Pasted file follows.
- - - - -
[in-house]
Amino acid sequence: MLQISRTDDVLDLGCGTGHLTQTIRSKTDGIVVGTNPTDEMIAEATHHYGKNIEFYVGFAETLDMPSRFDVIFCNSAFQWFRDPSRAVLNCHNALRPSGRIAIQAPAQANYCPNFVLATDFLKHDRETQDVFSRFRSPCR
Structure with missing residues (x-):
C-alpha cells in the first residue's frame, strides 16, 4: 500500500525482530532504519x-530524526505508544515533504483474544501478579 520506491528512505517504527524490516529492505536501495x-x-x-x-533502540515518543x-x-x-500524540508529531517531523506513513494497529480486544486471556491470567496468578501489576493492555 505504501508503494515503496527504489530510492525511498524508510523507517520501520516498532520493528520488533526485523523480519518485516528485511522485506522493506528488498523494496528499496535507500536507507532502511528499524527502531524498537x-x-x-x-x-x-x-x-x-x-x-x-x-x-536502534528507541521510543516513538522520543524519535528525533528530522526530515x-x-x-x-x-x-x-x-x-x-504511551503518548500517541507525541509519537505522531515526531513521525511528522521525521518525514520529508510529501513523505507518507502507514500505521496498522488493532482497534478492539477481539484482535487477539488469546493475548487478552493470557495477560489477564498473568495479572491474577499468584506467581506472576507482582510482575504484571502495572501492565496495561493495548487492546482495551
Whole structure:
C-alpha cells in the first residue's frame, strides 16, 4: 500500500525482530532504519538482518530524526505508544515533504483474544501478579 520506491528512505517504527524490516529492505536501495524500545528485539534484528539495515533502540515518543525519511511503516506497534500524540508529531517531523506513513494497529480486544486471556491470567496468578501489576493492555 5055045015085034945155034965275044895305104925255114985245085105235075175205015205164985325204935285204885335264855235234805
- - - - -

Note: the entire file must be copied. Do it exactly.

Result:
[in-house]
Amino acid sequence: MLQISRTDDVLDLGCGTGHLTQTIRSKTDGIVVGTNPTDEMIAEATHHYGKNIEFYVGFAETLDMPSRFDVIFCNSAFQWFRDPSRAVLNCHNALRPSGRIAIQAPAQANYCPNFVLATDFLKHDRETQDVFSRFRSPCR
Structure with missing residues (x-):
C-alpha cells in the first residue's frame, strides 16, 4: 500500500525482530532504519x-530524526505508544515533504483474544501478579 520506491528512505517504527524490516529492505536501495x-x-x-x-533502540515518543x-x-x-500524540508529531517531523506513513494497529480486544486471556491470567496468578501489576493492555 505504501508503494515503496527504489530510492525511498524508510523507517520501520516498532520493528520488533526485523523480519518485516528485511522485506522493506528488498523494496528499496535507500536507507532502511528499524527502531524498537x-x-x-x-x-x-x-x-x-x-x-x-x-x-536502534528507541521510543516513538522520543524519535528525533528530522526530515x-x-x-x-x-x-x-x-x-x-504511551503518548500517541507525541509519537505522531515526531513521525511528522521525521518525514520529508510529501513523505507518507502507514500505521496498522488493532482497534478492539477481539484482535487477539488469546493475548487478552493470557495477560489477564498473568495479572491474577499468584506467581506472576507482582510482575504484571502495572501492565496495561493495548487492546482495551
Whole structure:
C-alpha cells in the first residue's frame, strides 16, 4: 500500500525482530532504519538482518530524526505508544515533504483474544501478579 520506491528512505517504527524490516529492505536501495524500545528485539534484528539495515533502540515518543525519511511503516506497534500524540508529531517531523506513513494497529480486544486471556491470567496468578501489576493492555 5055045015085034945155034965275044895305104925255114985245085105235075175205015205164985325204935285204885335264855235234805